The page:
In the Icelandic creation story, the first humans, man and woman, are made from two trees. In Greek legend, the nymph Daphne escapes from amorous pursuit by Apollo by turning into a tree. Are we related to trees?
Of course we are related to trees. Animals and plants belong to the kingdom, "Eukarya", specialized cells with nuclei that make a living by using similar chemical machinery and that reproduce sexually according to a certain protocol. With such a complicated program in common, we must assume a common ancestor.
But we could not have guessed that from the geologic record, or even just by looking at the outside appearance of animals and plants. While organisms and fossils can be grouped by morphology, such groupings are impossible when contemplating distant relatives with no morphological similarity. How similar is a fly to a frog? To answer this kind of question, we need to study the genes, the units of inheritance that make up the chromosomes in the nuclei of their cells. The more genes they share, the more similar are two organisms.
The genetic information is contained in DNA molecules (deoxyribonucleic acid), a fact discovered in 1944. DNA is a kind of code for instructions of making amino acids which are the building blocks of proteins. (Proteins govern the life processes within cells). The DNA code has only four letters (unlike the 26-letter Latin alphabet which we use to write code called English). The four code elements are called "bases". They are small molecules that attach to a backbone structure, like steps in a ladder. The bases are adenine, guanine, cytosine and thymine.
When the process of making amino acids begins, the two DNA strands separate from each other, exposing their base pairs. Starting at one end of the strand, each group of three letters is called a "codon". Each codon makes one amino acid. For example, in the partial DNA strand shown above, the first codon is "thymine-adenine-cytosine" or TAC. TAC codes for the amino acid tyrosine. There are 20 amino acids found in the proteins of living organisms.
The Austrian-American biochemist Erwin Chargaff (b. 1905) broke down the DNA molecules of cells in the laboratory and separated their constituents using paper chromatography. (In this process, a fluid containing the fragments is allowed to creep up a column of absorbent fibrous paper. Different fragments move at different speeds, and thus are separated from each other.) He demonstrated that the number of guanine units is precisely equal to the number of cytosine units and that the same pairing is true for adenine and thymine.
X-ray studies of DNA (by the English biophysicist Rosalind Franklin, 1920-1958) suggested a helical structure. The explanation for these two properties (pairings and helix) came from the DNA-model built by the American biochemist James D. Watson (b. 1928) and the English physicist Francis Crick (b. 1916). The model shows how DNA is replicated: when separated in the middle, each strand readily builds a complementary strand to achieve the original configuration. Errors in the replication process represent mutations.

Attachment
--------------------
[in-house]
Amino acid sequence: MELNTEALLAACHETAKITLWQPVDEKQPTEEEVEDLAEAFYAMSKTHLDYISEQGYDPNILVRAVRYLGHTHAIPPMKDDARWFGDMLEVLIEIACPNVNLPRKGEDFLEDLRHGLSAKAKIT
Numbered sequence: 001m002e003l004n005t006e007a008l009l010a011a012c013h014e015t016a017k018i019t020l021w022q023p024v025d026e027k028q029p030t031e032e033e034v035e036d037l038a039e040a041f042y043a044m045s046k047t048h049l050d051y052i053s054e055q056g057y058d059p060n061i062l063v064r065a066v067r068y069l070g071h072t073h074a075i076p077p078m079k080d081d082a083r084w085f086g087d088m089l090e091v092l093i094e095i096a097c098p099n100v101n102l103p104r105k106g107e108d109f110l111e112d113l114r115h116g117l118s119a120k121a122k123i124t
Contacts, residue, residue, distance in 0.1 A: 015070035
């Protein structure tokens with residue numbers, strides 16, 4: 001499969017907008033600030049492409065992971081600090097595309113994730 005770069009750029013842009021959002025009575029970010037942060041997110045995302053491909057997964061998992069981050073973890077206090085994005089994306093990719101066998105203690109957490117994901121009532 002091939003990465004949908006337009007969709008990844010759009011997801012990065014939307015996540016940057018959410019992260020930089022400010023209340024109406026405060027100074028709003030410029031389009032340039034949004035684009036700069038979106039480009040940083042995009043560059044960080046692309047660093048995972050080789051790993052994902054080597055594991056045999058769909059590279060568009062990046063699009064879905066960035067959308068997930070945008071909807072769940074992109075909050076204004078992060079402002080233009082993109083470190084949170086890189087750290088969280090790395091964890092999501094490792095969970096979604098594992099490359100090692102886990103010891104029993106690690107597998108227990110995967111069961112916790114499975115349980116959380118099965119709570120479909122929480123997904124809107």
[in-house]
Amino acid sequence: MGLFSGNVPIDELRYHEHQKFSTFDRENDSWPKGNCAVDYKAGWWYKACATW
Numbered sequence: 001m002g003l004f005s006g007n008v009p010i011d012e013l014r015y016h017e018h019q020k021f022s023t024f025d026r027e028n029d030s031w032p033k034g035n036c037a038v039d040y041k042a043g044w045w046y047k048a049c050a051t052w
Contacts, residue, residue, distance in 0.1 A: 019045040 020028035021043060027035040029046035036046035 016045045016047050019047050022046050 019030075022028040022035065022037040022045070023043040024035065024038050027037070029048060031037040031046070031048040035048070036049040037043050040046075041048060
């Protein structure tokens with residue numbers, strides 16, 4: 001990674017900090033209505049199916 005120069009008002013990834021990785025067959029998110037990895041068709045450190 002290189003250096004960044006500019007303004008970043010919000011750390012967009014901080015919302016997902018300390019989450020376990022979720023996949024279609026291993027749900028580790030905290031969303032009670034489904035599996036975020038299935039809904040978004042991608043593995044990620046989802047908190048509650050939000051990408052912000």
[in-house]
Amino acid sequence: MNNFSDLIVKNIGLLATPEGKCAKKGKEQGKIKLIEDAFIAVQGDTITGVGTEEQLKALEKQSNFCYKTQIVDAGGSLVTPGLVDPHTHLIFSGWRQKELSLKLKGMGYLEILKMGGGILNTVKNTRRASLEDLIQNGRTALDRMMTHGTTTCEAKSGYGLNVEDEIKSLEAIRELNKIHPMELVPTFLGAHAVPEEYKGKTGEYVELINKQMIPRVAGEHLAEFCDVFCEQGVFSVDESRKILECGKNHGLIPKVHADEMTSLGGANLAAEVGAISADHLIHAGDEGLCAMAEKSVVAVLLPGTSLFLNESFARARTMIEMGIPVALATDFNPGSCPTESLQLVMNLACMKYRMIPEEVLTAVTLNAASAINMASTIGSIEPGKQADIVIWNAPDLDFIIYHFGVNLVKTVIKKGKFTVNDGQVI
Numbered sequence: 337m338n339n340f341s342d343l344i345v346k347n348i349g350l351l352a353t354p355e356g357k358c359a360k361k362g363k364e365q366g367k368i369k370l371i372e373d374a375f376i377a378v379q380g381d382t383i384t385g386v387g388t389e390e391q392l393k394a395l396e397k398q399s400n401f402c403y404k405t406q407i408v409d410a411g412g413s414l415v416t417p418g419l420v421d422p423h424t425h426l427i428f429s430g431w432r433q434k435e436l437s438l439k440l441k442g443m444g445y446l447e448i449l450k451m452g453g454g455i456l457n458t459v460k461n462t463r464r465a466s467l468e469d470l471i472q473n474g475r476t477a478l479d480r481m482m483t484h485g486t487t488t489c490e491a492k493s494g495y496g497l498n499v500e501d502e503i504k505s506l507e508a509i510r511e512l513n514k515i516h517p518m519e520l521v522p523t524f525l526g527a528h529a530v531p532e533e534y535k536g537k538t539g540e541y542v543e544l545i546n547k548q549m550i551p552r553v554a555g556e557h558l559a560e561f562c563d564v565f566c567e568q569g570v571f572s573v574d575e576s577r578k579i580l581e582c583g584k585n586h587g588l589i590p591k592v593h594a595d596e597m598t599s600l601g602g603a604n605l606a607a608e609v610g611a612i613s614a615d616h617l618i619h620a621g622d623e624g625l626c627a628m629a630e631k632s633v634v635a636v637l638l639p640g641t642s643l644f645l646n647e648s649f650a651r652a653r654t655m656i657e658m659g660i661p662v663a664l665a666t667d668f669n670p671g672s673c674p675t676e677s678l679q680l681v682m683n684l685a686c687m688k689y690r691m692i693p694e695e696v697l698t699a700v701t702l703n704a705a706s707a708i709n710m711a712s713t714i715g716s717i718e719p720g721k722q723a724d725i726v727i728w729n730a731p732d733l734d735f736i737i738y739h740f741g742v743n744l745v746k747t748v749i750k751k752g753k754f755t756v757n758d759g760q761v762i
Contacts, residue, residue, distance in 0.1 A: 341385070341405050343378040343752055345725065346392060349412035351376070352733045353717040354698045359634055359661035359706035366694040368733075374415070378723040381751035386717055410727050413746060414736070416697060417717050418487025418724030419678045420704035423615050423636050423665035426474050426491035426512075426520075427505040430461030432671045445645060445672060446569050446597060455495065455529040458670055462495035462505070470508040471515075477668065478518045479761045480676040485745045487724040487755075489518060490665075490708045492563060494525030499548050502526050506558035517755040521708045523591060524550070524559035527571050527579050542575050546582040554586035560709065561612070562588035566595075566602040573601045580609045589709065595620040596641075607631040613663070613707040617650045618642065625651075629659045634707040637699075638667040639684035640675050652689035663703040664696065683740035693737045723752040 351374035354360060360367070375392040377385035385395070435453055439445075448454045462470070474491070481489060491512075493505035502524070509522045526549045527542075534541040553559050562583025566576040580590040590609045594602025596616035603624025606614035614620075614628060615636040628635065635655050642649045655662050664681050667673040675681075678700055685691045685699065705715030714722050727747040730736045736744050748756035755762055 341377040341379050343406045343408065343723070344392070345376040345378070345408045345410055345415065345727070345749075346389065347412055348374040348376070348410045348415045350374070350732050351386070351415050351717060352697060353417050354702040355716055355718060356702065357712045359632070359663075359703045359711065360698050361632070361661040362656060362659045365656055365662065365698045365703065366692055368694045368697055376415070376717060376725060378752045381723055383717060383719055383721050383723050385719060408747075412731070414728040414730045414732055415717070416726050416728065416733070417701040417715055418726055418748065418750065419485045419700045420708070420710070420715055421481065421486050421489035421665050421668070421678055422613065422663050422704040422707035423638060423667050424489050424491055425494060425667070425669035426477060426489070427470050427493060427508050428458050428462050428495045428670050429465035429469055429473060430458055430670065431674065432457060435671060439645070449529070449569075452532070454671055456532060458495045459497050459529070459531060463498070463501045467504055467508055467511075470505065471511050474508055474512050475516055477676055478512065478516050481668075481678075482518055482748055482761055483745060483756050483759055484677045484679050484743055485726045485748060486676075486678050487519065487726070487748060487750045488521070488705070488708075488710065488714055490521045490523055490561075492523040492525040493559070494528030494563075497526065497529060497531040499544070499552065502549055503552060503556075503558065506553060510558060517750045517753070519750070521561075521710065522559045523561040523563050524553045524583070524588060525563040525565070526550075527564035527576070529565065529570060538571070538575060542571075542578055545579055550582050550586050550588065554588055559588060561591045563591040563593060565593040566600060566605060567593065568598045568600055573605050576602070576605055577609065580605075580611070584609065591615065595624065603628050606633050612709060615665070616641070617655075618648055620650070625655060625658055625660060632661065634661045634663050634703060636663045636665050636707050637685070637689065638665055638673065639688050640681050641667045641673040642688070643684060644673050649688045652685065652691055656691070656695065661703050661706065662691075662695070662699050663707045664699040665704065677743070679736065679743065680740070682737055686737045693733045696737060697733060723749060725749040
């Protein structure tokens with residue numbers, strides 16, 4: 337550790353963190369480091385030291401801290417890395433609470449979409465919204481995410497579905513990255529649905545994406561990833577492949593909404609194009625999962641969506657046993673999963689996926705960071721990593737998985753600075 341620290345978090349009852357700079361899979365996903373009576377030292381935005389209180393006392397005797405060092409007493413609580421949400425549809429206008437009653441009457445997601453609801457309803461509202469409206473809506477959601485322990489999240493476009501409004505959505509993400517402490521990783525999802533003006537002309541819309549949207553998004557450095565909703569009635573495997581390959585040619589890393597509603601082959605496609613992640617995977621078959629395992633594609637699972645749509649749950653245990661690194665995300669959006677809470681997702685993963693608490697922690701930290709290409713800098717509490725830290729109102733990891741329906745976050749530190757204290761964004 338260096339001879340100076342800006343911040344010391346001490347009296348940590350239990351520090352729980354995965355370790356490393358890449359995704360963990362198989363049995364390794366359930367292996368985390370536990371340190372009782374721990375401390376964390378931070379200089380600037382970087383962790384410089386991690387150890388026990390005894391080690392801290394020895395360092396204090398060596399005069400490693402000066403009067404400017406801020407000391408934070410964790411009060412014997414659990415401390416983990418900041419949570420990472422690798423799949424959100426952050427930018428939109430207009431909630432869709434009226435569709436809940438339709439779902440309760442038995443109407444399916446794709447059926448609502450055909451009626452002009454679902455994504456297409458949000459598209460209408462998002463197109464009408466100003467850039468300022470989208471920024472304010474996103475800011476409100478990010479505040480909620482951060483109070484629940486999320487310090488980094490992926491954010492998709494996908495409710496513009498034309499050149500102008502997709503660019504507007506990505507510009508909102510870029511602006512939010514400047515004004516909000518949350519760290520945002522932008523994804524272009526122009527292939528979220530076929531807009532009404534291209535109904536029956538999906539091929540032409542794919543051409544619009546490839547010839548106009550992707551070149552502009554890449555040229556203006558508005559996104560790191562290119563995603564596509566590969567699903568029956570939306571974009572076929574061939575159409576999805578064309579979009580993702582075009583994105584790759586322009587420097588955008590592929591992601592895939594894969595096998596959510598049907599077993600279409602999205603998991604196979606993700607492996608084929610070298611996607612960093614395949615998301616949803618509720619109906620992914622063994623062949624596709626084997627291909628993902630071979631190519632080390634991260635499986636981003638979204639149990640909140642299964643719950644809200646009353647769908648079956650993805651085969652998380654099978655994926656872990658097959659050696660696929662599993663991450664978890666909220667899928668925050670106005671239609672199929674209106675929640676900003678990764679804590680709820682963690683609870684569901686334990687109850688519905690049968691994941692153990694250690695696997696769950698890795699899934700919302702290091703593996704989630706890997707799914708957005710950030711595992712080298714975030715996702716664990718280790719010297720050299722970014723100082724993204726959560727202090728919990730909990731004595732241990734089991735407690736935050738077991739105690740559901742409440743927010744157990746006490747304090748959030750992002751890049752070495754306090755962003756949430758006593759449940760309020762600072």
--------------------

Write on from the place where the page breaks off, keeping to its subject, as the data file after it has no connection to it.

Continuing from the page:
There are only four different "bases" used in the DNA molecule. Their structures are shown above. Adenine can link only to thymine and cytosine always pairs with guanine. (Courtesy: PBS)
The more time is available, the more such errors can accumulate, as the process of replication is repeated again and again with each generation of an organism. So, the genetic endowment of a certain type of organism can drift off in unforeseen directions. In fact, such genetic drift results in new types of organisms. If such a new type is viable, and lucky, and if the population it lives in is small, a mutation can spread rapidly through the population. With enough mutations, one population can then look (or act) differently from its ancestor population. (Only beneficial or inconsequential mutations will spread within a population. Genes which make the individual or group less likely to survive will be eliminated by natural selection.)
So, by determining the types of DNA present in two organisms (or else the RNA produced by the DNA), we can estimate their genetic distance. This is only done on portions of the genetic code, because a full determination would be extremely costly. From this type of study we know, since 1984, that humans and chimpanzees are more closely related to each other than chimps are to gorillas or to orangutans. So, when we talk about "humans and apes", it is like talking about "lions and cats". We would have to say "lions and other cats" for good logic.
From the genetic approach, the "bush of life" has emerged, thanks to the work of Ralph S. Wolfe (b. c 1930) and Carl Woese (b. 1928). The "tree of life" once propagated by the German biologist and paleontologist Ernst Haeckel (1834-1919) (and reproduced or modified in the textbooks of the 20th century) relates mainly to the classification of the animal kingdom and to the fossils of the Phanerozoic. It is not representative of Life as a whole. Also, the "tree of life" commonly tends to imply that evolution is somehow programmed to produce people. The "bush of life" has no such implication.
The bush may not have a very orderly root at all. There is evidence for horizontal exchange of genes between different types of bacteria and even across kingdoms, between bacteria and archea. If such exchange was the rule early during evolution, the roots of the various kingdoms are hopelessly entangled, and we shall never be able to reconstruct something like a "last common ancestor" for the life forms on Earth.